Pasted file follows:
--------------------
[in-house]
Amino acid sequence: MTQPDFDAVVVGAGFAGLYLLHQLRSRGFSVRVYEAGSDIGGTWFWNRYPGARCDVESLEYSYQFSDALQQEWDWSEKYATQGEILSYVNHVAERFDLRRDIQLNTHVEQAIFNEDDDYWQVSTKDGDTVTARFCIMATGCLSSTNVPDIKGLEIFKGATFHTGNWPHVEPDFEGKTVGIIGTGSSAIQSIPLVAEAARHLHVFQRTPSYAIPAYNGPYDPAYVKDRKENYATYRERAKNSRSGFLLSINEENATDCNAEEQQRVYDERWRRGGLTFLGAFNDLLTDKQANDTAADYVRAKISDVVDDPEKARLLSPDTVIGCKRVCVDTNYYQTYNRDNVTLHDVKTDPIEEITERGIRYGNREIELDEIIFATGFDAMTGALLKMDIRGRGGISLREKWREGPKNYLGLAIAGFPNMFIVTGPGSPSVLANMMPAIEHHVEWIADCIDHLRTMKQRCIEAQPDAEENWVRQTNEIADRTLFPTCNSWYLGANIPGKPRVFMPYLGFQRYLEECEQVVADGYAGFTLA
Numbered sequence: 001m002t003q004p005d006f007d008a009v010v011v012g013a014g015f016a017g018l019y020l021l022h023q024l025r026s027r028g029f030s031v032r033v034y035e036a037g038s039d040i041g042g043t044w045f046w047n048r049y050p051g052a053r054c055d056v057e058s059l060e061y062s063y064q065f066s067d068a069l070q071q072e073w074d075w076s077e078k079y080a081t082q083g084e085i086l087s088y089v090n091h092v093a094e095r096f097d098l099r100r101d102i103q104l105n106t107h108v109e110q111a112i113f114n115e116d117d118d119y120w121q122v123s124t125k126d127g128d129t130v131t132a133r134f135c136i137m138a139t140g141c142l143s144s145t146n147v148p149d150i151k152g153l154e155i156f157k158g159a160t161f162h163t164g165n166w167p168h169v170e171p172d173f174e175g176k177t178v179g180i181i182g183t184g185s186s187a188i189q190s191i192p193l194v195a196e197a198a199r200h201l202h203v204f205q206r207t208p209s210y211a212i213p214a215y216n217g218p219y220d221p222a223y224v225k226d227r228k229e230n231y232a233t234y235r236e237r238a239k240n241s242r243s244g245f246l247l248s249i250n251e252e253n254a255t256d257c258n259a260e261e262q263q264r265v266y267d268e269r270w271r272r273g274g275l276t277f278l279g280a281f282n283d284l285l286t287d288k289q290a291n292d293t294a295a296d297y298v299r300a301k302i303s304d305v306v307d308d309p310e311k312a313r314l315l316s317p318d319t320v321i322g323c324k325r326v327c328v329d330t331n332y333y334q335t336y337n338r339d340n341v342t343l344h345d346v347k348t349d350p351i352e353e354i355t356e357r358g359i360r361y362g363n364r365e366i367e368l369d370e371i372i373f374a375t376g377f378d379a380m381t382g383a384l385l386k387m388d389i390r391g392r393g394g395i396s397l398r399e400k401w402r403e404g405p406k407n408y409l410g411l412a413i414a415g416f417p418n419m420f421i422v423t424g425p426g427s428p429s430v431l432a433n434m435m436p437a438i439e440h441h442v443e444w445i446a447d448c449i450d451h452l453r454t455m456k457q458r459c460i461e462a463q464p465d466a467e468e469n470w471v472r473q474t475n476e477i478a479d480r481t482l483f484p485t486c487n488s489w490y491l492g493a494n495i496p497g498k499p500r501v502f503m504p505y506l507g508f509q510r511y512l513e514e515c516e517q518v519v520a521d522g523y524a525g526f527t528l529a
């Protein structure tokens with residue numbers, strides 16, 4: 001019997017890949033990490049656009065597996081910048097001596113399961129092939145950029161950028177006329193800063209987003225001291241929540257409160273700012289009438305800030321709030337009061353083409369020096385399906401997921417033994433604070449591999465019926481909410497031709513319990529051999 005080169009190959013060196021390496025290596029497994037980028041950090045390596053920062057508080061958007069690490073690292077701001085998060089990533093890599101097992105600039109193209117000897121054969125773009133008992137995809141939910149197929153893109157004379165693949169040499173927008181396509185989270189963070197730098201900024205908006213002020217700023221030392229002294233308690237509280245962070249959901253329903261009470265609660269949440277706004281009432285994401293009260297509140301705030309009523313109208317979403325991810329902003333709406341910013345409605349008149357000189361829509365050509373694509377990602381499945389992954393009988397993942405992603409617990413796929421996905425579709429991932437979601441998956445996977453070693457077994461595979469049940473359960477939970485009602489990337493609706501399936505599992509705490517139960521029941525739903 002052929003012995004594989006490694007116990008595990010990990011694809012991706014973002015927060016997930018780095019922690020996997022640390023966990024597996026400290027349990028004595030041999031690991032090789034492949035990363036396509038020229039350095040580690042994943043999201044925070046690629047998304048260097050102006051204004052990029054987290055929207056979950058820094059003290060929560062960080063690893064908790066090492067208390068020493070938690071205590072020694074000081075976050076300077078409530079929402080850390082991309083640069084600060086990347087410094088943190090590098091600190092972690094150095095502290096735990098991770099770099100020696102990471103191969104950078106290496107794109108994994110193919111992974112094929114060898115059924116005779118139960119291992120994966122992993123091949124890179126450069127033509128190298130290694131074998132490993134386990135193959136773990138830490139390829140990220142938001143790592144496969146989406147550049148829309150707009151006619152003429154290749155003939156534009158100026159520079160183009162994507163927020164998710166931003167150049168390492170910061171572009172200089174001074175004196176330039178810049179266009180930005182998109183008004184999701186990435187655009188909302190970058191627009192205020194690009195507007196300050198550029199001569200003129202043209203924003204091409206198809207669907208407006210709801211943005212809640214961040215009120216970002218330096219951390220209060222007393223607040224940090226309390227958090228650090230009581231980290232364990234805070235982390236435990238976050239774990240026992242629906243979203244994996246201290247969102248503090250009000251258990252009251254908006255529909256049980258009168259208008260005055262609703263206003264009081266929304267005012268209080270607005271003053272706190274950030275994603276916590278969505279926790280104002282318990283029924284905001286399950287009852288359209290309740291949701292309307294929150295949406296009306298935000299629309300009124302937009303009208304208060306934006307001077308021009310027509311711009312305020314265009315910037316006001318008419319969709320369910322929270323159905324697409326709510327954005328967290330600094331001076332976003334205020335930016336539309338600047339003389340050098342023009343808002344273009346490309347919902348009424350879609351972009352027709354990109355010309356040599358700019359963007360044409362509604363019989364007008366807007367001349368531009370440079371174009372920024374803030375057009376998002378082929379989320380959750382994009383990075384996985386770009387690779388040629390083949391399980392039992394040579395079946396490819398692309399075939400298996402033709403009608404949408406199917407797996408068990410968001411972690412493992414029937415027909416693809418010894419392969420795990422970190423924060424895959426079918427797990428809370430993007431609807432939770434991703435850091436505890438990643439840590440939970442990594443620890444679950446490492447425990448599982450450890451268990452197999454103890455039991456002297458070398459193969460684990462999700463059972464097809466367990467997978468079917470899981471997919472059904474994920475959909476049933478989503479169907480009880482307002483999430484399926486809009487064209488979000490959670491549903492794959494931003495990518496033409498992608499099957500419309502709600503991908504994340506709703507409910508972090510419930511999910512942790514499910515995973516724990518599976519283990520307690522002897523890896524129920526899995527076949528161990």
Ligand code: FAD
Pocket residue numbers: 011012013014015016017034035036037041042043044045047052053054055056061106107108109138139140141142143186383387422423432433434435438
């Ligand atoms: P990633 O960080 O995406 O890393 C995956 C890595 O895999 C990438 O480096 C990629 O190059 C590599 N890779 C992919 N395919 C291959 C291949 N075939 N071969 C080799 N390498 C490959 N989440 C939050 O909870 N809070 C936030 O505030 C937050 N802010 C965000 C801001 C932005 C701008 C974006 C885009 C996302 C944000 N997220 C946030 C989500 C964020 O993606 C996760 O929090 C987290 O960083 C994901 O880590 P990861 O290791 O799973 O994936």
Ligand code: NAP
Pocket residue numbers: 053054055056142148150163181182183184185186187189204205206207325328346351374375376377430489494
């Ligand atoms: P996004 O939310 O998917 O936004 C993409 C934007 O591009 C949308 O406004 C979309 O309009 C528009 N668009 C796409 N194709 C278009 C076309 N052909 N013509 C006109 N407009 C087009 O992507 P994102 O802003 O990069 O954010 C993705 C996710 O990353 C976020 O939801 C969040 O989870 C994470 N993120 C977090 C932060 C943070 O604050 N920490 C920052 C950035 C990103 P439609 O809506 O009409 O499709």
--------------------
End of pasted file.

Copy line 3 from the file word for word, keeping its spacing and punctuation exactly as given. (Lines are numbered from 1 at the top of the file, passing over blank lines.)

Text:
Numbered sequence: 001m002t003q004p005d006f007d008a009v010v011v012g013a014g015f016a017g018l019y020l021l022h023q024l025r026s027r028g029f030s031v032r033v034y035e036a037g038s039d040i041g042g043t044w045f046w047n048r049y050p051g052a053r054c055d056v057e058s059l060e061y062s063y064q065f066s067d068a069l070q071q072e073w074d075w076s077e078k079y080a081t082q083g084e085i086l087s088y089v090n091h092v093a094e095r096f097d098l099r100r101d102i103q104l105n106t107h108v109e110q111a112i113f114n115e116d117d118d119y120w121q122v123s124t125k126d127g128d129t130v131t132a133r134f135c136i137m138a139t140g141c142l143s144s145t146n147v148p149d150i151k152g153l154e155i156f157k158g159a160t161f162h163t164g165n166w167p168h169v170e171p172d173f174e175g176k177t178v179g180i181i182g183t184g185s186s187a188i189q190s191i192p193l194v195a196e197a198a199r200h201l202h203v204f205q206r207t208p209s210y211a212i213p214a215y216n217g218p219y220d221p222a223y224v225k226d227r228k229e230n231y232a233t234y235r236e237r238a239k240n241s242r243s244g245f246l247l248s249i250n251e252e253n254a255t256d257c258n259a260e261e262q263q264r265v266y267d268e269r270w271r272r273g274g275l276t277f278l279g280a281f282n283d284l285l286t287d288k289q290a291n292d293t294a295a296d297y298v299r300a301k302i303s304d305v306v307d308d309p310e311k312a313r314l315l316s317p318d319t320v321i322g323c324k325r326v327c328v329d330t331n332y333y334q335t336y337n338r339d340n341v342t343l344h345d346v347k348t349d350p351i352e353e354i355t356e357r358g359i360r361y362g363n364r365e366i367e368l369d370e371i372i373f374a375t376g377f378d379a380m381t382g383a384l385l386k387m388d389i390r391g392r393g394g395i396s397l398r399e400k401w402r403e404g405p406k407n408y409l410g411l412a413i414a415g416f417p418n419m420f421i422v423t424g425p426g427s428p429s430v431l432a433n434m435m436p437a438i439e440h441h442v443e444w445i446a447d448c449i450d451h452l453r454t455m456k457q458r459c460i461e462a463q464p465d466a467e468e469n470w471v472r473q474t475n476e477i478a479d480r481t482l483f484p485t486c487n488s489w490y491l492g493a494n495i496p497g498k499p500r501v502f503m504p505y506l507g508f509q510r511y512l513e514e515c516e517q518v519v520a521d522g523y524a525g526f527t528l529a